DALLAS (CBSDFW.COM) — A recent federal report outlining the rising threat of violent white supremacists has prompted the Dallas Holocaust and Human Rights Museum to refresh its exhibit of “The Fight for Civil Rights in the South.”

The Museum is featuring the deadly bombing of the 16th Street Baptist Church in Birmingham, Alabama.

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The KKK planted sticks of dynamite outside the basement and they exploded at 10:22 Sunday morning, September 15, 1963.

Dale Long, who was 11 years old at the time, was in the church with his nine year old brother Kenneth. “I was in the basement of the church. I noticed that some were bleeding, many were crying. So many people, and it dawned on me, once I smelled the pungent odor of gun powder, I realized the church had been bombed with people inside.”

The blast killed four young girls: 11 year old Denise McNair, 14 year old Addie Mae Collins, 14 year old Carole Robertson, and 14 year old Cynthia Wesley.

Long said, “I was three rooms down from where the young ladies were.”

All were his friends, lost too soon. “I stood there and watched the pallbearers bring three coffins out of that church and load them into the hearse,” Long said.

(credit: Dallas Holocaust and Human Rights Museum)

On display are McNair’s coat, purse, and shoes, along with a cement brick fragment from the church.

Long said, “It’s emotional for me because it’s a day, September 15th is one that I’ll never forget.”

He shared his story with the Museum’s President and CEO, Mary Pat Higgins who gave him a tour of the exhibit.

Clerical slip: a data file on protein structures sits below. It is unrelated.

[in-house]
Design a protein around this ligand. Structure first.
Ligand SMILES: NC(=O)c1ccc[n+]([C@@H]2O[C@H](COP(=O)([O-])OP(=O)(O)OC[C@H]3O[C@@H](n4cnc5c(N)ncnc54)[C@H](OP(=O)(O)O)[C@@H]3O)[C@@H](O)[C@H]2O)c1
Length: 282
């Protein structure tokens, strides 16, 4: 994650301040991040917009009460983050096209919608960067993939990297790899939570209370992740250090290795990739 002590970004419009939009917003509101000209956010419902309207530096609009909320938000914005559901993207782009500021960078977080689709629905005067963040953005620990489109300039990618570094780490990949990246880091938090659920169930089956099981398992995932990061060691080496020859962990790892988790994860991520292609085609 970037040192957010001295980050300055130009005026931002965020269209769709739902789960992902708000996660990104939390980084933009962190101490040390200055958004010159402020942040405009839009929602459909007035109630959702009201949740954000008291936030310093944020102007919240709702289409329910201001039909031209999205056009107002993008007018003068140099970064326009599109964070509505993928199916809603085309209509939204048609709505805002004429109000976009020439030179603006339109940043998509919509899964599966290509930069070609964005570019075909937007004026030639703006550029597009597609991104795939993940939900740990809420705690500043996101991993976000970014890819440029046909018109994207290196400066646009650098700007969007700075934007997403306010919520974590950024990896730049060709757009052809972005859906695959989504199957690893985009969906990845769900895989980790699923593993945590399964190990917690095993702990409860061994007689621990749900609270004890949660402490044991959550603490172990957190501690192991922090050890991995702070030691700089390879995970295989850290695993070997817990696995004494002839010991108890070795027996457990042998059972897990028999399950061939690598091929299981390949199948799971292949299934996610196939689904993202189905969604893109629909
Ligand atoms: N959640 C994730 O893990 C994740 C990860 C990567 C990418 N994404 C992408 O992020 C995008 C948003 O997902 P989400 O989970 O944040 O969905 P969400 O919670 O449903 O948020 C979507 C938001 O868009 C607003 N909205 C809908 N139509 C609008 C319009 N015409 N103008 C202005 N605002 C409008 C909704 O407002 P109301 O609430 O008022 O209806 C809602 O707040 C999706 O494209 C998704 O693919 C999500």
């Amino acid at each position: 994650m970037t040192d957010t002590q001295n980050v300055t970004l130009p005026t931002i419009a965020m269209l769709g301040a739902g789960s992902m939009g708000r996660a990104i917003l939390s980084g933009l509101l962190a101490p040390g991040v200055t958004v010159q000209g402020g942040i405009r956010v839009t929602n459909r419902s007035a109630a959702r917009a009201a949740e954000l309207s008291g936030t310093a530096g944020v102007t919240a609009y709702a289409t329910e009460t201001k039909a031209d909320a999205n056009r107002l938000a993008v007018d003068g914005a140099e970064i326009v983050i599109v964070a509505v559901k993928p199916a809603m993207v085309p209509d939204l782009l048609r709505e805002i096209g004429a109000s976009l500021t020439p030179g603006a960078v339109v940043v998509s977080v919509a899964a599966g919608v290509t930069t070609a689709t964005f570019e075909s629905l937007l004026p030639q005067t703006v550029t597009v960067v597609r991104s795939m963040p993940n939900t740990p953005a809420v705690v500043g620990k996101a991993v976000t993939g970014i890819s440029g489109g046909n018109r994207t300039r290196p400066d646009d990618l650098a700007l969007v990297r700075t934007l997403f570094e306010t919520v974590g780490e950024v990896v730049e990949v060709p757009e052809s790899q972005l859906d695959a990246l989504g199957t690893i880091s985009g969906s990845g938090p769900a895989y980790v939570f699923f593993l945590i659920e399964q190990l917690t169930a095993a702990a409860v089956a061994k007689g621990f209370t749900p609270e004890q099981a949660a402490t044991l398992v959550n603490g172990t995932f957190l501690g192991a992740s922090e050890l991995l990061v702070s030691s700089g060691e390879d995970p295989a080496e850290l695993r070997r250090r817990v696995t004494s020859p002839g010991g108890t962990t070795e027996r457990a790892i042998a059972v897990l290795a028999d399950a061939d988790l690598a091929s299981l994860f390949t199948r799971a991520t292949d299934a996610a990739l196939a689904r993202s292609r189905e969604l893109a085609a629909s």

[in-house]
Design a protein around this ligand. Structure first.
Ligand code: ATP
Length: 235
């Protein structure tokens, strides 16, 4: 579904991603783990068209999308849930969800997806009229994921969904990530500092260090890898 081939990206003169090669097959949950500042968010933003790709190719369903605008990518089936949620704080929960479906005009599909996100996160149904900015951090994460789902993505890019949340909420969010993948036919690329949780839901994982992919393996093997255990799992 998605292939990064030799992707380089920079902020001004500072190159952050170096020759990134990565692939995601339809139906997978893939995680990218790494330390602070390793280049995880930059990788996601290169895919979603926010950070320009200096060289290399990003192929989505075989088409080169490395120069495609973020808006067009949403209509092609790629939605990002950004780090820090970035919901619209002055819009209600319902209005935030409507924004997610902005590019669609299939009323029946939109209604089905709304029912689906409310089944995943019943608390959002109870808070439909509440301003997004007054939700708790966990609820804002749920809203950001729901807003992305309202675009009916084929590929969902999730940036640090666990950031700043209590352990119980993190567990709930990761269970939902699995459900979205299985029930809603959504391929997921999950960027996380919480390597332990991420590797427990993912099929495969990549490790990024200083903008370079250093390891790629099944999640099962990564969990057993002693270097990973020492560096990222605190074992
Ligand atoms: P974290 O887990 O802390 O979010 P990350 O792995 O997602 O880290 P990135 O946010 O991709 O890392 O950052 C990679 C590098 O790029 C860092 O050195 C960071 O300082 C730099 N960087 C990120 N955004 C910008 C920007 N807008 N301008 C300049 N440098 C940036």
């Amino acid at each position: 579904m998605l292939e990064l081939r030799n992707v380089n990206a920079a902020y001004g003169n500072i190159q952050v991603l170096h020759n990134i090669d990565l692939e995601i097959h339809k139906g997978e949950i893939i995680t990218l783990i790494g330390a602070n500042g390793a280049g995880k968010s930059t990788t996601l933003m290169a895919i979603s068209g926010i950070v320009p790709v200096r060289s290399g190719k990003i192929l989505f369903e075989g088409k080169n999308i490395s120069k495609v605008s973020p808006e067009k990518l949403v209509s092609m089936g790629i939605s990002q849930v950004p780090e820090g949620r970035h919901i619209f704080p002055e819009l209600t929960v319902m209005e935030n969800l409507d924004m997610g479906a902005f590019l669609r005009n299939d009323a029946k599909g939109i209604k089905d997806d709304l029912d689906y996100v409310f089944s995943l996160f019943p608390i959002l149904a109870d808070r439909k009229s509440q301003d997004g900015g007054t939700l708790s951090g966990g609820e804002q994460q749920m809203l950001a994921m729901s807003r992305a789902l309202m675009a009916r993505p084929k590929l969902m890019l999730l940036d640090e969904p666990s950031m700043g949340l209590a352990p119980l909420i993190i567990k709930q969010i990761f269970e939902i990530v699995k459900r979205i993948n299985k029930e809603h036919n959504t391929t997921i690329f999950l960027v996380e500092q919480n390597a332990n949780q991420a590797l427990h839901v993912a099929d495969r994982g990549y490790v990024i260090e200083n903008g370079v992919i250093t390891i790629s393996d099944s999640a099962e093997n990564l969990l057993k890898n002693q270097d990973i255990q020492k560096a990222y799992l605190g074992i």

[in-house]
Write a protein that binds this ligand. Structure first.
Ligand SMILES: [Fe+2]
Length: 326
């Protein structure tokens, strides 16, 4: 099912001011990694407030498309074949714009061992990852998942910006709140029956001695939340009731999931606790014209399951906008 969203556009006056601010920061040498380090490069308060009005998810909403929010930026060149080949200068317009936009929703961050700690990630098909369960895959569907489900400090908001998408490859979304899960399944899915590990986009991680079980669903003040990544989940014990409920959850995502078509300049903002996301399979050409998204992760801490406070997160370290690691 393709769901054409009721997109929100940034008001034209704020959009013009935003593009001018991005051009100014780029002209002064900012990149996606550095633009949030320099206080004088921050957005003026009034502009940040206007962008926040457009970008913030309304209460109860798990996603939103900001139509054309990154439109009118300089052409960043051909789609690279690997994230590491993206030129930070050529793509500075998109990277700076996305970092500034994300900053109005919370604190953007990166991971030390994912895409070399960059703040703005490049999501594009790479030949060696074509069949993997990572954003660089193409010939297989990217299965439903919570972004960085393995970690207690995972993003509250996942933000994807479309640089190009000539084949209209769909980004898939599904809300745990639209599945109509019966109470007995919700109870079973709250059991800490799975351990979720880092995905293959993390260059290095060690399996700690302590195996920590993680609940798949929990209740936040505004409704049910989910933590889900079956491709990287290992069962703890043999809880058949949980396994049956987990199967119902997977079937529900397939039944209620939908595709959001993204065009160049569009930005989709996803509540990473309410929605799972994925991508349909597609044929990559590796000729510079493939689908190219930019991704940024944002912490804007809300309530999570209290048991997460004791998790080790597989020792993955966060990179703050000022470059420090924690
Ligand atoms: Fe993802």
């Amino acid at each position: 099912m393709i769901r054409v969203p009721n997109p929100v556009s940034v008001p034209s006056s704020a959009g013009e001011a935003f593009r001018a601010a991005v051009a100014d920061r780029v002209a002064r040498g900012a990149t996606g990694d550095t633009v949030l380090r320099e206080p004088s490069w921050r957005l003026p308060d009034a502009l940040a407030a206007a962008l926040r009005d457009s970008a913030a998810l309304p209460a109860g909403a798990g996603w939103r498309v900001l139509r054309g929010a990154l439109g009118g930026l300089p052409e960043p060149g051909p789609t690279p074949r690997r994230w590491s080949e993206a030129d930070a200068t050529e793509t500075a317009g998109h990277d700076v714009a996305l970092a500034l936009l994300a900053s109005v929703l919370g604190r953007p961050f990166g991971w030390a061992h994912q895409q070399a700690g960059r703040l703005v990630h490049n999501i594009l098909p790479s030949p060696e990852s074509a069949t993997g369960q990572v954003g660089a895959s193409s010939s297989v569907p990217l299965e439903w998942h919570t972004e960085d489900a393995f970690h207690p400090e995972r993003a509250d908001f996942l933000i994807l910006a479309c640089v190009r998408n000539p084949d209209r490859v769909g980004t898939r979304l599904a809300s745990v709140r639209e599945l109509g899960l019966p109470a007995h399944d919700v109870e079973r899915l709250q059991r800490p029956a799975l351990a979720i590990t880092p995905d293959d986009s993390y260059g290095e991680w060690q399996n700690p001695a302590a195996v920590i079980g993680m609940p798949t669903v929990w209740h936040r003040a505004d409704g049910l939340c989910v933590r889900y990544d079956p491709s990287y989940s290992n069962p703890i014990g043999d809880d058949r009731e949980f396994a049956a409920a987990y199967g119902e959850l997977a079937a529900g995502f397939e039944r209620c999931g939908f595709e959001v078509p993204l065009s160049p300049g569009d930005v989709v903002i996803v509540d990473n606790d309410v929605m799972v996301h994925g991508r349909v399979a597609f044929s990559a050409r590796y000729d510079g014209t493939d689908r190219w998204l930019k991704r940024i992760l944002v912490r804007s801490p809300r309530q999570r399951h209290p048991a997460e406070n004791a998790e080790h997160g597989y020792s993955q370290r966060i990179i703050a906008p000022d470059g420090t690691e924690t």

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Higgins said, “To hear he was in that church, worshipping his God on the day that a bomb was planted, with the intent on murdering people, it’s really chilling.”

Both Long and Higgins said the exhibit is even more important after a recent Department of Homeland Security report that found white supremacists pose the most persistent and lethal threat to the country.

Higgins said, “I hope that our visitors will be chilled by this too, and that they need to be a part of the solution to fight discrimination still in our country.”

Long said, “I’ve seen the ultimate in what race relations does and what discrimination and segregation and hatred does. And certainly, I wouldn’t want anybody to have to relieve that era.”

The bombing ultimately led to the passage of the Civil Rights Act of 1964, the Voting Rights of 1965, and the Fair Housing Act of 1968.

Long credits Dr. Martin Luther King, who he had seen for the first time in person after he eulogized three of his friends.

He said the exhibit here is a good way to inspire visitors to stand up for what’s right. “We need to start with a place like this, with a space like this and educate ourselves and then go out and do things for the community.”

The exhibit at the Dallas Holocaust and Human Rights Museum runs until May 31.

On April 4, Long will speak about his experiences during a virtual presentation by the Museum that you can sign up to attend.

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